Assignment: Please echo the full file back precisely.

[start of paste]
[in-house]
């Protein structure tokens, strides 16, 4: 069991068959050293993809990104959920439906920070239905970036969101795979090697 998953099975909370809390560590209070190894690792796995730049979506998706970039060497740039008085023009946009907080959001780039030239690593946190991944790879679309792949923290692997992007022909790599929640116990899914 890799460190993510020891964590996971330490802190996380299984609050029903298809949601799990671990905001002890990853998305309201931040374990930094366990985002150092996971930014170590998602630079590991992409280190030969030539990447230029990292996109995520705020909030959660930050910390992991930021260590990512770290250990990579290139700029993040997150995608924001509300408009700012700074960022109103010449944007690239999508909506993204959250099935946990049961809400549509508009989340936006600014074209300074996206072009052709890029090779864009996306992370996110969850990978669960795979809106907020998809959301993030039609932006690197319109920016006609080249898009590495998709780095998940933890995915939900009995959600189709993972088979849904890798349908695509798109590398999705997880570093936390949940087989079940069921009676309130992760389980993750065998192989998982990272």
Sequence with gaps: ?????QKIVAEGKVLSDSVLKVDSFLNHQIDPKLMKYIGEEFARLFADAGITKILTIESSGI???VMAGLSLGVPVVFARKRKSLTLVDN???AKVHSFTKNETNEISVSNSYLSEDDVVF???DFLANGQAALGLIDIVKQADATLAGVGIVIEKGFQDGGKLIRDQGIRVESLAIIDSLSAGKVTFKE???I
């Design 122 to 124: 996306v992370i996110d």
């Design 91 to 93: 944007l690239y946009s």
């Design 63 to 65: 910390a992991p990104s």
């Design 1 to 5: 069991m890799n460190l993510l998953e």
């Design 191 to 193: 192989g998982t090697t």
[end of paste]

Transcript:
[in-house]
């Protein structure tokens, strides 16, 4: 069991068959050293993809990104959920439906920070239905970036969101795979090697 998953099975909370809390560590209070190894690792796995730049979506998706970039060497740039008085023009946009907080959001780039030239690593946190991944790879679309792949923290692997992007022909790599929640116990899914 890799460190993510020891964590996971330490802190996380299984609050029903298809949601799990671990905001002890990853998305309201931040374990930094366990985002150092996971930014170590998602630079590991992409280190030969030539990447230029990292996109995520705020909030959660930050910390992991930021260590990512770290250990990579290139700029993040997150995608924001509300408009700012700074960022109103010449944007690239999508909506993204959250099935946990049961809400549509508009989340936006600014074209300074996206072009052709890029090779864009996306992370996110969850990978669960795979809106907020998809959301993030039609932006690197319109920016006609080249898009590495998709780095998940933890995915939900009995959600189709993972088979849904890798349908695509798109590398999705997880570093936390949940087989079940069921009676309130992760389980993750065998192989998982990272």
Sequence with gaps: ?????QKIVAEGKVLSDSVLKVDSFLNHQIDPKLMKYIGEEFARLFADAGITKILTIESSGI???VMAGLSLGVPVVFARKRKSLTLVDN???AKVHSFTKNETNEISVSNSYLSEDDVVF???DFLANGQAALGLIDIVKQADATLAGVGIVIEKGFQDGGKLIRDQGIRVESLAIIDSLSAGKVTFKE???I
């Design 122 to 124: 996306v992370i996110d």
């Design 91 to 93: 944007l690239y946009s």
């Design 63 to 65: 910390a992991p990104s």
């Design 1 to 5: 069991m890799n460190l993510l998953e």
């Design 191 to 193: 192989g998982t090697t």